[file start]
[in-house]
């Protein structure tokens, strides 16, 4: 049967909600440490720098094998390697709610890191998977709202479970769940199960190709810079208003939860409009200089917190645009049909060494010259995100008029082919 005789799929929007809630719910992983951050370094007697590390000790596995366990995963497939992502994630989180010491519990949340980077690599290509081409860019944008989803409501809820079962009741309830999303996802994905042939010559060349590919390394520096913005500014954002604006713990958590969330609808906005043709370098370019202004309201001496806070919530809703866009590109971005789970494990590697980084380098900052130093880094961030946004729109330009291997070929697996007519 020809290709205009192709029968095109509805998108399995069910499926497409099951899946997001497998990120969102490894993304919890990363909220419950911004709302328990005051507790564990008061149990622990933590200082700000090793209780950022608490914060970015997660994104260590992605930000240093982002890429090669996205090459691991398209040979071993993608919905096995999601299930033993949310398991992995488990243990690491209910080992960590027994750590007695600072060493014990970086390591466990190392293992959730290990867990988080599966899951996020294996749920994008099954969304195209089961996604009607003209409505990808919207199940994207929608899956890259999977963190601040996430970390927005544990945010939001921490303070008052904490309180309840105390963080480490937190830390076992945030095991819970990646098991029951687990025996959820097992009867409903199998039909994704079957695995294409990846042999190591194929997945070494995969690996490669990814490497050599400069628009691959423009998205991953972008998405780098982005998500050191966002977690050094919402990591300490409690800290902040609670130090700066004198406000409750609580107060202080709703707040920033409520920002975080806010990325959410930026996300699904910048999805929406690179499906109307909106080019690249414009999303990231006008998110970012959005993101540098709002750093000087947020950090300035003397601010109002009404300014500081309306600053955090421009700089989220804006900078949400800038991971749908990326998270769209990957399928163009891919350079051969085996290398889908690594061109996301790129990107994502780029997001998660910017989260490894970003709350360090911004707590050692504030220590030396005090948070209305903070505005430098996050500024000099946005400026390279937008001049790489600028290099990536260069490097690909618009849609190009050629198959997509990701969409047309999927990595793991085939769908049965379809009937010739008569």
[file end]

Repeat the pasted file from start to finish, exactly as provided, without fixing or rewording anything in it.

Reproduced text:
[in-house]
């Protein structure tokens, strides 16, 4: 049967909600440490720098094998390697709610890191998977709202479970769940199960190709810079208003939860409009200089917190645009049909060494010259995100008029082919 005789799929929007809630719910992983951050370094007697590390000790596995366990995963497939992502994630989180010491519990949340980077690599290509081409860019944008989803409501809820079962009741309830999303996802994905042939010559060349590919390394520096913005500014954002604006713990958590969330609808906005043709370098370019202004309201001496806070919530809703866009590109971005789970494990590697980084380098900052130093880094961030946004729109330009291997070929697996007519 020809290709205009192709029968095109509805998108399995069910499926497409099951899946997001497998990120969102490894993304919890990363909220419950911004709302328990005051507790564990008061149990622990933590200082700000090793209780950022608490914060970015997660994104260590992605930000240093982002890429090669996205090459691991398209040979071993993608919905096995999601299930033993949310398991992995488990243990690491209910080992960590027994750590007695600072060493014990970086390591466990190392293992959730290990867990988080599966899951996020294996749920994008099954969304195209089961996604009607003209409505990808919207199940994207929608899956890259999977963190601040996430970390927005544990945010939001921490303070008052904490309180309840105390963080480490937190830390076992945030095991819970990646098991029951687990025996959820097992009867409903199998039909994704079957695995294409990846042999190591194929997945070494995969690996490669990814490497050599400069628009691959423009998205991953972008998405780098982005998500050191966002977690050094919402990591300490409690800290902040609670130090700066004198406000409750609580107060202080709703707040920033409520920002975080806010990325959410930026996300699904910048999805929406690179499906109307909106080019690249414009999303990231006008998110970012959005993101540098709002750093000087947020950090300035003397601010109002009404300014500081309306600053955090421009700089989220804006900078949400800038991971749908990326998270769209990957399928163009891919350079051969085996290398889908690594061109996301790129990107994502780029997001998660910017989260490894970003709350360090911004707590050692504030220590030396005090948070209305903070505005430098996050500024000099946005400026390279937008001049790489600028290099990536260069490097690909618009849609190009050629198959997509990701969409047309999927990595793991085939769908049965379809009937010739008569």